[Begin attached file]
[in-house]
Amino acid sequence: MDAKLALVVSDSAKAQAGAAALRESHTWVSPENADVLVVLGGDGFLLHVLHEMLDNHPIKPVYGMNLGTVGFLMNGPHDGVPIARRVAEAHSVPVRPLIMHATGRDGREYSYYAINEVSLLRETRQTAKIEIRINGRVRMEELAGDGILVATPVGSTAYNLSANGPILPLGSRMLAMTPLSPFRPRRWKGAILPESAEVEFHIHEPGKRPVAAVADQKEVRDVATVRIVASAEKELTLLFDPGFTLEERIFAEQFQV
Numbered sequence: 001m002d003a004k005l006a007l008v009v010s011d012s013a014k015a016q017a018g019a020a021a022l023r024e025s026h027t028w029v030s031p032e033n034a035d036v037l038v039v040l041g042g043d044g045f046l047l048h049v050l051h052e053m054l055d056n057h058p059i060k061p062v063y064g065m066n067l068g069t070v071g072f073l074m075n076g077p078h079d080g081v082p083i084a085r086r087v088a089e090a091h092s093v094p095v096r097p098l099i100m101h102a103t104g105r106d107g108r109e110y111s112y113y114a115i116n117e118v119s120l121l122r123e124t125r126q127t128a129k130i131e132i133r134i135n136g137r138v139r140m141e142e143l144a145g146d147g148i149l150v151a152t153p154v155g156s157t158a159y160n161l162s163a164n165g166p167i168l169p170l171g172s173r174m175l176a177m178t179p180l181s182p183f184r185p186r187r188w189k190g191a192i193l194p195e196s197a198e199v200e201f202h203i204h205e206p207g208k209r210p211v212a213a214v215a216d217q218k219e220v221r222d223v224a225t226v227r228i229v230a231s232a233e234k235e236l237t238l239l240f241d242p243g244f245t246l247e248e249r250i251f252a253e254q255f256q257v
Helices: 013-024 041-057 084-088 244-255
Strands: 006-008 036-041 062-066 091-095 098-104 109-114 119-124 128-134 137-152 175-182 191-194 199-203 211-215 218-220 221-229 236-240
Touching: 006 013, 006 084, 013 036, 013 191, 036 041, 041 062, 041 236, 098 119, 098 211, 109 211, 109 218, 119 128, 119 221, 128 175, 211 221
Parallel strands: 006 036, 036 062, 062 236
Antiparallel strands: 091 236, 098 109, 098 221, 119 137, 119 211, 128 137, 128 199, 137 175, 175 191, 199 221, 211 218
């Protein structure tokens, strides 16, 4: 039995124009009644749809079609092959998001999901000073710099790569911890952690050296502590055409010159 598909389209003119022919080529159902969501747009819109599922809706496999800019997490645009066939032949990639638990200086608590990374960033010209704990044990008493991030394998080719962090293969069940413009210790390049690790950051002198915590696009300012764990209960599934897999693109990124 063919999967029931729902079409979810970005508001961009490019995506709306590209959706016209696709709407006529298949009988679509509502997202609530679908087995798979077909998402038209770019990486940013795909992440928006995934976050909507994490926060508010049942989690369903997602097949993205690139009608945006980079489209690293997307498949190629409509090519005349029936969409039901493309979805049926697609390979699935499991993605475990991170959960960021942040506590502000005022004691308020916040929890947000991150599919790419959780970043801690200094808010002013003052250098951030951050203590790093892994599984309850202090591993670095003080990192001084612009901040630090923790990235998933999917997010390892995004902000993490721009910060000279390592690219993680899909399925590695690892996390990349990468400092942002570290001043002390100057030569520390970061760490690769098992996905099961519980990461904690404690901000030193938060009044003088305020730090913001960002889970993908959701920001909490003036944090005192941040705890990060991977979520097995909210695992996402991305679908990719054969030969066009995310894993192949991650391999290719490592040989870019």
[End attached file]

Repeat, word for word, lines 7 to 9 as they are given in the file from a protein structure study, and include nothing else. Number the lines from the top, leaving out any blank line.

Parallel strands: 006 036, 036 062, 062 236
Antiparallel strands: 091 236, 098 109, 098 221, 119 137, 119 211, 128 137, 128 199, 137 175, 175 191, 199 221, 211 218
């Protein structure tokens, strides 16, 4: 039995124009009644749809079609092959998001999901000073710099790569911890952690050296502590055409010159 598909389209003119022919080529159902969501747009819109599922809706496999800019997490645009066939032949990639638990200086608590990374960033010209704990044990008493991030394998080719962090293969069940413009210790390049690790950051002198915590696009300012764990209960599934897999693109990124 063919999967029931729902079409979810970005508001961009490019995506709306590209959706016209696709709407006529298949009988679509509502997202609530679908087995798979077909998402038209770019990486940013795909992440928006995934976050909507994490926060508010049942989690369903997602097949993205690139009608945006980079489209690293997307498949190629409509090519005349029936969409039901493309979805049926697609390979699935499991993605475990991170959960960021942040506590502000005022004691308020916040929890947000991150599919790419959780970043801690200094808010002013003052250098951030951050203590790093892994599984309850202090591993670095003080990192001084612009901040630090923790990235998933999917997010390892995004902000993490721009910060000279390592690219993680899909399925590695690892996390990349990468400092942002570290001043002390100057030569520390970061760490690769098992996905099961519980990461904690404690901000030193938060009044003088305020730090913001960002889970993908959701920001909490003036944090005192941040705890990060991977979520097995909210695992996402991305679908990719054969030969066009995310894993192949991650391999290719490592040989870019």